The second aspect to this area of learning is ‘Being Imaginative’ and as the name suggests, looks at children’s imagination and their developing role play.  At around 16 months old, we would expect to see children beginning to demonstrate early imagination skills as they begin to “pretend objects represent one another, particularly when objects have characteristics in common.” (Development Matters, 2012)

Around 22-36 months, children will begin to display some early imagination as they start to make-believe by pretending, they may first begin to initiate simple make-believe play; for example making a ‘Woof’ sound and saying ‘I’m a dog’. This will soon develop into more complex role-play as the child gets older and you may even notice them acting out events from their own experience; ‘Mummy and Daddy’ role play is common as children’s imaginative skills begin to develop and they will often act out experiences from their own life before taking on a more complex role and introducing a narrative into their play.

Similarly, as with ‘Exploring and Using Media and Materials’ the experiences children have will contribute to their role play skills and imaginative play – if children have rich experiences (visiting the post office, going to a museum and digging for fossils, meeting new babies, baking and cooking at home) the richer and more complex their imaginative skills will become as they begin to process the world around them through their imaginative play.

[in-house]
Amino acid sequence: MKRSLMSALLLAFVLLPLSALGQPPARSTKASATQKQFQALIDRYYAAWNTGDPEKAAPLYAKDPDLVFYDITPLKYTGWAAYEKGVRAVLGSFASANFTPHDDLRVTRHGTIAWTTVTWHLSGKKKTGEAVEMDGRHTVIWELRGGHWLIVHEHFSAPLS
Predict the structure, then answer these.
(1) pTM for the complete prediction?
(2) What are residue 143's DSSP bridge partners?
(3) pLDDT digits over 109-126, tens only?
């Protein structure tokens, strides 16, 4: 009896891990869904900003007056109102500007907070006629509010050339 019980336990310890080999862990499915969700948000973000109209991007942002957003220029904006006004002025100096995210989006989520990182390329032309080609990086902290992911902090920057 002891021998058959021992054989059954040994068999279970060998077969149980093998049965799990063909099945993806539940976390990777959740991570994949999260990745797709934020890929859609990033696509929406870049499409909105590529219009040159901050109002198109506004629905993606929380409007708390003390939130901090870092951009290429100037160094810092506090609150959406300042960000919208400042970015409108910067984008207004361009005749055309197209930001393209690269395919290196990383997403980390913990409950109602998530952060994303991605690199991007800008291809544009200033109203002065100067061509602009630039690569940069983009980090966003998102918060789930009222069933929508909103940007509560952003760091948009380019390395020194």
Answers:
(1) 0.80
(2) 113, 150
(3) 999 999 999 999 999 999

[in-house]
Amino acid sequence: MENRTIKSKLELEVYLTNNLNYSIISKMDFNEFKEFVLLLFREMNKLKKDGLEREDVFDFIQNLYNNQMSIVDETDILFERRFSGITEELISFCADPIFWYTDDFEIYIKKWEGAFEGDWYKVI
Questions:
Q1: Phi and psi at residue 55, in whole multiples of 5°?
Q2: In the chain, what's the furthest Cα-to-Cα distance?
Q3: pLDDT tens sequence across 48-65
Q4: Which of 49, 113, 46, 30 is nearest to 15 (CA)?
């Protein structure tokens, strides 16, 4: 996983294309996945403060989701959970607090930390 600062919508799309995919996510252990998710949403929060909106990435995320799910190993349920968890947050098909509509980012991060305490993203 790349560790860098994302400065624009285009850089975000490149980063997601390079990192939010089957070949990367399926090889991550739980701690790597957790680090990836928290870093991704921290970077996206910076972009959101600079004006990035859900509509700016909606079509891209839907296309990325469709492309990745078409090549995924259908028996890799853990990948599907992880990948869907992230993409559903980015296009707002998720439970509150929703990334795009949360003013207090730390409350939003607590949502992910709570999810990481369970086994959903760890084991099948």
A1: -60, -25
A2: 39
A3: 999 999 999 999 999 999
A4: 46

Imaginative play is vital for children to be able to engage with and explore independently and creatively as role play and make-believe allow children to not only act out experiences from their own lives and the lives of those around them, but role play and imaginative play provides children with the opportunity to work through and process experiences and feelings constructively. Through replicating the experience in their role play and taking a different perspective on the situation allows children to simplify the experience and thus understand and process it more simply.

Once again, children do not need reams of expensive and excessive role play costumes, materials and props – the wonderful thing about this area of learning is that it allows and encourages children to be creative in not only their thinking but their play too, and so this type of play is much more about the children’s interpretations, creations and how they organise and arrange their own play experiences, role play and props. Just simply providing children with a range of rich experiences and activities will spark enough curiosity for them to feel inspired to act out themselves either independently or with a group of children engaged in the same theme in order to cement their learning. Similarly, children will use their critical and creative thinking in order to create their own props to support their role-play, dependent on the narrative/theme they choose – as parents and practitioners it is our responsibility to provide children with the space and time to explore deep imaginative experiences freely without interruption or guidance, as this allows children to use their own skills and challenge their own thinking more so than if we were to interrupt or attempt to facilitate their play.

Ultimately, this particular area of learning highlights the importance of child-led play and exploration. Children who have the time, space and freedom to explore concepts and experiences curiously and creatively,  will develop their own critical thinking and expressive play opportunities than adult-led play activities and experiences can offer them.